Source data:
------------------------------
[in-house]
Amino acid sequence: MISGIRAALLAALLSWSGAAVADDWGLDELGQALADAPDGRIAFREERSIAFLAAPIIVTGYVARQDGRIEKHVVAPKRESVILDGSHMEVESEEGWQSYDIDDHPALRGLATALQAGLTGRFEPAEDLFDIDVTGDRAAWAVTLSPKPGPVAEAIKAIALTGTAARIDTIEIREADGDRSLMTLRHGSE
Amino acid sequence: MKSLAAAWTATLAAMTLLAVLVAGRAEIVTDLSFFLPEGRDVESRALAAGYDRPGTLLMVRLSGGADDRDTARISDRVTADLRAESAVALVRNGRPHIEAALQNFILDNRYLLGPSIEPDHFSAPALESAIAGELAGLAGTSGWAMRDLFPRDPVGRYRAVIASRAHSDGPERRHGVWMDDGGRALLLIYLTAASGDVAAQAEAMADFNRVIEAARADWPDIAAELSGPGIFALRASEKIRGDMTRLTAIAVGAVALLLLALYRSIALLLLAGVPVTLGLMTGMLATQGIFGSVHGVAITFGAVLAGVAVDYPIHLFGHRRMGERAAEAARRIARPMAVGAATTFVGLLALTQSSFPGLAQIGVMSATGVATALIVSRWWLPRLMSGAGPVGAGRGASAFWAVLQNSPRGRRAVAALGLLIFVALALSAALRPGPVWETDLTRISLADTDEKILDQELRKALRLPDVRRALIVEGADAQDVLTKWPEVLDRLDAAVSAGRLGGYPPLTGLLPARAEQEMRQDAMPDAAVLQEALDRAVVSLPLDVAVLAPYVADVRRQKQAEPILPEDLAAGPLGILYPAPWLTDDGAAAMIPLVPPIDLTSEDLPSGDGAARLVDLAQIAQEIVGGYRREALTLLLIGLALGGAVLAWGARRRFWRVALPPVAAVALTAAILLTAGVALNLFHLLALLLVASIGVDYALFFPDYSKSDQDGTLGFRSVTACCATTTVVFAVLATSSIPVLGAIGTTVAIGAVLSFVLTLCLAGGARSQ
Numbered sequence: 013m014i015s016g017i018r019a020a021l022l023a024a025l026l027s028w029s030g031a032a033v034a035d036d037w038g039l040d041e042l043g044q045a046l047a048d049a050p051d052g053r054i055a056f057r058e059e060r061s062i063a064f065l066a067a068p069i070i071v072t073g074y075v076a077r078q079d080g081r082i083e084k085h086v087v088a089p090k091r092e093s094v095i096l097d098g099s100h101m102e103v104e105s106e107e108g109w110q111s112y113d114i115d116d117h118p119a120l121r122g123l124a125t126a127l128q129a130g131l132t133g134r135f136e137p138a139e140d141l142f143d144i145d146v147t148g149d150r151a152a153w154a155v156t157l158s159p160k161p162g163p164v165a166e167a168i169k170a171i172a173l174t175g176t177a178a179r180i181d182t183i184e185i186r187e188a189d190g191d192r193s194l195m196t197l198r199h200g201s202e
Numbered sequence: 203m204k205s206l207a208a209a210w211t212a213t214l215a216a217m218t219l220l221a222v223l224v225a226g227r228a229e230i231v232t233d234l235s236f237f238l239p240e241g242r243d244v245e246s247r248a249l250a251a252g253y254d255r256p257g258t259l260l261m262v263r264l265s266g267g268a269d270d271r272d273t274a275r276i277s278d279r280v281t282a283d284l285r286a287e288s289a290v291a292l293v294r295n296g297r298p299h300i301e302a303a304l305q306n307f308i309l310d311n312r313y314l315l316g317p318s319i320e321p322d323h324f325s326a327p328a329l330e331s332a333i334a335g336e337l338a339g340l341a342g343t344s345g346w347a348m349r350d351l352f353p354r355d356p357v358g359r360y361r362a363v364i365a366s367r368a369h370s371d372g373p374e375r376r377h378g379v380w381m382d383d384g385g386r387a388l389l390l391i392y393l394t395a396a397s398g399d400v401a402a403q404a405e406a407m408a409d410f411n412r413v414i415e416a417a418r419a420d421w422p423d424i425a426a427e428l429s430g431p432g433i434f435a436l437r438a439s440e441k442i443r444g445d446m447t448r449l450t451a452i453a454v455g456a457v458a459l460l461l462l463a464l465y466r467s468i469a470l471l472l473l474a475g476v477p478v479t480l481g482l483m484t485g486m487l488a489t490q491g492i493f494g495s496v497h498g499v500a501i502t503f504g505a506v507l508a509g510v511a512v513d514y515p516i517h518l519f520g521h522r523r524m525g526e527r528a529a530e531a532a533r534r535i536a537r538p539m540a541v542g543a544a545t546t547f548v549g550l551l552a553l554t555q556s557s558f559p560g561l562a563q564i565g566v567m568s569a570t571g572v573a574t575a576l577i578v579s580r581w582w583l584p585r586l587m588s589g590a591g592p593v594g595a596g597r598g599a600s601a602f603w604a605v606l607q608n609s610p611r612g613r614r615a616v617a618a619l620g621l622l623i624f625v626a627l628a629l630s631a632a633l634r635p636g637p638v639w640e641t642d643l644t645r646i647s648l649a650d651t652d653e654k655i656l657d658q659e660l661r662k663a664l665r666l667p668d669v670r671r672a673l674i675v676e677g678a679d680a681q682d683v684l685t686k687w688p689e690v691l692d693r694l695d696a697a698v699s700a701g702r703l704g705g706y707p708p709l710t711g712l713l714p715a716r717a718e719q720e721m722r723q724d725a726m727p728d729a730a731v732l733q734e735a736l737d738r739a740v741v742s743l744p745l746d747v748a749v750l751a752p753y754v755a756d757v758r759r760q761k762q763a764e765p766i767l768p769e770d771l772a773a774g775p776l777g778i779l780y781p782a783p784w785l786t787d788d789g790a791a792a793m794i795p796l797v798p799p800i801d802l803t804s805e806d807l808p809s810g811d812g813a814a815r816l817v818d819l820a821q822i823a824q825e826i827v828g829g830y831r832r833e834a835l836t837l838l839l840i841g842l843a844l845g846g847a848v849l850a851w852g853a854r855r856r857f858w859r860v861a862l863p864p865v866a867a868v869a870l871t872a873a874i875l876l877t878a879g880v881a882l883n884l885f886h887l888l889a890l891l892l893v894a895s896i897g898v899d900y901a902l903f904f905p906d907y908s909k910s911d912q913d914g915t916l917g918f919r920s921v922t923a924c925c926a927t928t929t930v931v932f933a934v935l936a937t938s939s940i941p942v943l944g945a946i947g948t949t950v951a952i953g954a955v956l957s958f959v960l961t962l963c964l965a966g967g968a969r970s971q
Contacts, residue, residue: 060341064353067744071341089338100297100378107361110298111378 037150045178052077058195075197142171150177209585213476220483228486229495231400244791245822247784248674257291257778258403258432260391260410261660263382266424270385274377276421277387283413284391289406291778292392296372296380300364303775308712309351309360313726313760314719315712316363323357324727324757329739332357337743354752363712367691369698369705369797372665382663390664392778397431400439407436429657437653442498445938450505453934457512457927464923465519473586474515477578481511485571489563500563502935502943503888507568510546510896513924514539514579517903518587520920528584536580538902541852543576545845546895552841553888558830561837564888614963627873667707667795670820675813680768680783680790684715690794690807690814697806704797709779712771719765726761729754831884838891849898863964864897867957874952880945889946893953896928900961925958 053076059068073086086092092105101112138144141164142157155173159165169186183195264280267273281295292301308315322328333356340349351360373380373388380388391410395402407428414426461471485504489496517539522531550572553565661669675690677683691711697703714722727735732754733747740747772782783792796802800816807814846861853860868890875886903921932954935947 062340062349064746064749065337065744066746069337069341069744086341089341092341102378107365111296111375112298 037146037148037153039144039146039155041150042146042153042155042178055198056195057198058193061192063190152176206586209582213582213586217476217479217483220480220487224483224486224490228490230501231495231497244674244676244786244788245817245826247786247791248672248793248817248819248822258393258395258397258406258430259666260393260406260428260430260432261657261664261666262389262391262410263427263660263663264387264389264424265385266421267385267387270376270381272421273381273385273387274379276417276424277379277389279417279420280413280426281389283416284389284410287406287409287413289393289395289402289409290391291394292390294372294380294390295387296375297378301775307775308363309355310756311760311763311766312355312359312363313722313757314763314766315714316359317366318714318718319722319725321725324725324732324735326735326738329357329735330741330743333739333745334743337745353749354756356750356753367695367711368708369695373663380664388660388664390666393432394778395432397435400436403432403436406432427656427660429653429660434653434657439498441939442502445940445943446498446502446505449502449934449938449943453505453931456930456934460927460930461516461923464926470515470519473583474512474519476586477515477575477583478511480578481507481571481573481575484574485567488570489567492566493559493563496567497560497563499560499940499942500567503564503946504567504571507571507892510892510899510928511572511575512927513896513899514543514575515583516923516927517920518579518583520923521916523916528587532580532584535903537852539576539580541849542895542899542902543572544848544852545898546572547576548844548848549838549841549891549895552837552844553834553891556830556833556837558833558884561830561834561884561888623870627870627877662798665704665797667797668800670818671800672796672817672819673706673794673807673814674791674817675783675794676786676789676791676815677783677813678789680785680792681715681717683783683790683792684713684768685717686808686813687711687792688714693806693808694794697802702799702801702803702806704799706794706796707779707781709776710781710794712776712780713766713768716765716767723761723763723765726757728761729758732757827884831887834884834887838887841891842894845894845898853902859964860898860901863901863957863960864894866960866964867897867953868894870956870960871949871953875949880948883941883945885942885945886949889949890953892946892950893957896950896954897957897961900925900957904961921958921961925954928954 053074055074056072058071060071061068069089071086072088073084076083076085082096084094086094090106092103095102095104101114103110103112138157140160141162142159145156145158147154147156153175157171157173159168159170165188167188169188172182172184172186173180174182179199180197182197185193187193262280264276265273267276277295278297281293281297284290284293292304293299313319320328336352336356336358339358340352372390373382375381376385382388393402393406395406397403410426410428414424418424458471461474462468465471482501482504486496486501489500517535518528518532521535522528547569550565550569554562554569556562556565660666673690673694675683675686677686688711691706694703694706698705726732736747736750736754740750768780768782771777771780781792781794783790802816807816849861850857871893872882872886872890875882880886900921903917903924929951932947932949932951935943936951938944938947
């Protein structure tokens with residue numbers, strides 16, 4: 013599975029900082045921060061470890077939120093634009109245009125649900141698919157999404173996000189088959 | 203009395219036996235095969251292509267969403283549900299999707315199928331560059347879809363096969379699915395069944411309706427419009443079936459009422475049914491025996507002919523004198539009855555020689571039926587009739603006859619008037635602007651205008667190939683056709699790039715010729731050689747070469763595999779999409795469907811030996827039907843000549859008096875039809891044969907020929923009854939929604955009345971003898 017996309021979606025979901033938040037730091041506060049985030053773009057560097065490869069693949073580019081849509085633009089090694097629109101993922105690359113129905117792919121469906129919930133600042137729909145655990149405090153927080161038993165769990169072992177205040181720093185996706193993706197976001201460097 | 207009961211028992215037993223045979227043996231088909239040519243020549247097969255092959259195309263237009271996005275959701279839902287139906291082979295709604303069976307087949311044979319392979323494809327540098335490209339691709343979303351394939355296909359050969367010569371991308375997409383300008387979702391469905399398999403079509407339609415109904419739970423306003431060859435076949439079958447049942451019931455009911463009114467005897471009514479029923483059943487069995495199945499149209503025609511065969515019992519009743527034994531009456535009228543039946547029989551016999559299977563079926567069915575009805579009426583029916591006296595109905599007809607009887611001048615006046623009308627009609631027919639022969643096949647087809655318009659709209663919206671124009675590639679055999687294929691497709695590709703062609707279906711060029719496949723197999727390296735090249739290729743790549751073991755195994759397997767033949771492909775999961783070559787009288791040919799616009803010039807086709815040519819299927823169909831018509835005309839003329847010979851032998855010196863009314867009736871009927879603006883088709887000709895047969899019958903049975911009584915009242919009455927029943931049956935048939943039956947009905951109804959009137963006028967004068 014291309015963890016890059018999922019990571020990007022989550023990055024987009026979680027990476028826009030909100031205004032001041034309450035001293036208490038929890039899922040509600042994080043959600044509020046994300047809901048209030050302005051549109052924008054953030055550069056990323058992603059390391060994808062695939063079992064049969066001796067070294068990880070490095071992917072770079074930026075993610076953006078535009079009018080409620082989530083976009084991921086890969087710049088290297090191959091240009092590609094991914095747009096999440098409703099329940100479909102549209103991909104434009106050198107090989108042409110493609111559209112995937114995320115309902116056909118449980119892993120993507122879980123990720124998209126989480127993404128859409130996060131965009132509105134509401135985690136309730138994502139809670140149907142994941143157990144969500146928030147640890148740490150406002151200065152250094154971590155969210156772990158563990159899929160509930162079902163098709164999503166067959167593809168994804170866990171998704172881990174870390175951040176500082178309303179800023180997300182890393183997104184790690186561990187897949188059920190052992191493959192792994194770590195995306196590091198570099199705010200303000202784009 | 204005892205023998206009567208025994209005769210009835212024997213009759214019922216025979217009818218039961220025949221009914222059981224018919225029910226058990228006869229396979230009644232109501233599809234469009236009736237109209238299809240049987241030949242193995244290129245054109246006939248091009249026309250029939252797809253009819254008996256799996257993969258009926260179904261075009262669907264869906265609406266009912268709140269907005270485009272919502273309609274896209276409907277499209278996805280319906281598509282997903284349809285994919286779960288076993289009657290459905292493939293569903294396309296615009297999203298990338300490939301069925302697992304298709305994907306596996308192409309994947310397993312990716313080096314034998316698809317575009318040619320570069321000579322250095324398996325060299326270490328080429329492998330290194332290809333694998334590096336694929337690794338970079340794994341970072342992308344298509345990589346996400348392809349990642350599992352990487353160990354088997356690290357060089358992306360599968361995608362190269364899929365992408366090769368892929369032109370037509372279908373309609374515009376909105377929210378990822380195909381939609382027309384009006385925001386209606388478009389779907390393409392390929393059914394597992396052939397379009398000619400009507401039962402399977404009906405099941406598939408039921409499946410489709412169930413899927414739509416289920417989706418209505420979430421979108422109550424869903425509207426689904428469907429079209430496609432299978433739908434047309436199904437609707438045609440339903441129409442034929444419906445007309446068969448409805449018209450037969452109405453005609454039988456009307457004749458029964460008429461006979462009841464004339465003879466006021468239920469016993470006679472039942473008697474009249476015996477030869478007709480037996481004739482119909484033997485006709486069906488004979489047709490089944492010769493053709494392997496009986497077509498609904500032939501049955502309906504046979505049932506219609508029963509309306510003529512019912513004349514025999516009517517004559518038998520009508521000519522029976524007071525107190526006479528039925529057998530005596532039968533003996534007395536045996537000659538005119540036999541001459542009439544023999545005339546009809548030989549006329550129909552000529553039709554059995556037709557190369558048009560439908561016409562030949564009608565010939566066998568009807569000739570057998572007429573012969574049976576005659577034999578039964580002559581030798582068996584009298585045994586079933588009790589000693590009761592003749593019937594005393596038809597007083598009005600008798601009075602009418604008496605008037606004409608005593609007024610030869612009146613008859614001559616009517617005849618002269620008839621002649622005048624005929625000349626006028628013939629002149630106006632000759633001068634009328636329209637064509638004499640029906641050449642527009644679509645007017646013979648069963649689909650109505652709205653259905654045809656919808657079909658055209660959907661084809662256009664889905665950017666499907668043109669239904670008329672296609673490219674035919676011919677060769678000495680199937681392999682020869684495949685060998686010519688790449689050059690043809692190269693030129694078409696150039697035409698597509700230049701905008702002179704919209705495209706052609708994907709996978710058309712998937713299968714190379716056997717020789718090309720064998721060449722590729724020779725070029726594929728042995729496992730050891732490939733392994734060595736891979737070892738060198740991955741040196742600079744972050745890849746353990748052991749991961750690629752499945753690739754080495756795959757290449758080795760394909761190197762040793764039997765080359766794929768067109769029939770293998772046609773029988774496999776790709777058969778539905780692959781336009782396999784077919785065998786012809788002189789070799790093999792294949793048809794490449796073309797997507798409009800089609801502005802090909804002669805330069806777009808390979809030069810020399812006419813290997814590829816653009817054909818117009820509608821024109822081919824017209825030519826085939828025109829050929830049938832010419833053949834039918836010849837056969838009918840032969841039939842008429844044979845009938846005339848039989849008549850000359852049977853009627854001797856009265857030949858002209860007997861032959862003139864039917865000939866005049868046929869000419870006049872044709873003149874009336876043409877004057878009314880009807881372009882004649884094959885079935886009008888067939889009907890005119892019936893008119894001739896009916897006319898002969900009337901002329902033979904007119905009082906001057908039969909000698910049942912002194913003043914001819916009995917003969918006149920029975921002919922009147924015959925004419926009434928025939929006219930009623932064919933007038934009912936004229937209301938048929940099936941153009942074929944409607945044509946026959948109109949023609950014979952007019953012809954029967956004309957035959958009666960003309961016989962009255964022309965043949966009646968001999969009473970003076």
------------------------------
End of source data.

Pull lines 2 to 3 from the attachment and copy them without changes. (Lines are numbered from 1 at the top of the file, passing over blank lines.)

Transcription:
Amino acid sequence: MISGIRAALLAALLSWSGAAVADDWGLDELGQALADAPDGRIAFREERSIAFLAAPIIVTGYVARQDGRIEKHVVAPKRESVILDGSHMEVESEEGWQSYDIDDHPALRGLATALQAGLTGRFEPAEDLFDIDVTGDRAAWAVTLSPKPGPVAEAIKAIALTGTAARIDTIEIREADGDRSLMTLRHGSE
Amino acid sequence: MKSLAAAWTATLAAMTLLAVLVAGRAEIVTDLSFFLPEGRDVESRALAAGYDRPGTLLMVRLSGGADDRDTARISDRVTADLRAESAVALVRNGRPHIEAALQNFILDNRYLLGPSIEPDHFSAPALESAIAGELAGLAGTSGWAMRDLFPRDPVGRYRAVIASRAHSDGPERRHGVWMDDGGRALLLIYLTAASGDVAAQAEAMADFNRVIEAARADWPDIAAELSGPGIFALRASEKIRGDMTRLTAIAVGAVALLLLALYRSIALLLLAGVPVTLGLMTGMLATQGIFGSVHGVAITFGAVLAGVAVDYPIHLFGHRRMGERAAEAARRIARPMAVGAATTFVGLLALTQSSFPGLAQIGVMSATGVATALIVSRWWLPRLMSGAGPVGAGRGASAFWAVLQNSPRGRRAVAALGLLIFVALALSAALRPGPVWETDLTRISLADTDEKILDQELRKALRLPDVRRALIVEGADAQDVLTKWPEVLDRLDAAVSAGRLGGYPPLTGLLPARAEQEMRQDAMPDAAVLQEALDRAVVSLPLDVAVLAPYVADVRRQKQAEPILPEDLAAGPLGILYPAPWLTDDGAAAMIPLVPPIDLTSEDLPSGDGAARLVDLAQIAQEIVGGYRREALTLLLIGLALGGAVLAWGARRRFWRVALPPVAAVALTAAILLTAGVALNLFHLLALLLVASIGVDYALFFPDYSKSDQDGTLGFRSVTACCATTTVVFAVLATSSIPVLGAIGTTVAIGAVLSFVLTLCLAGGARSQ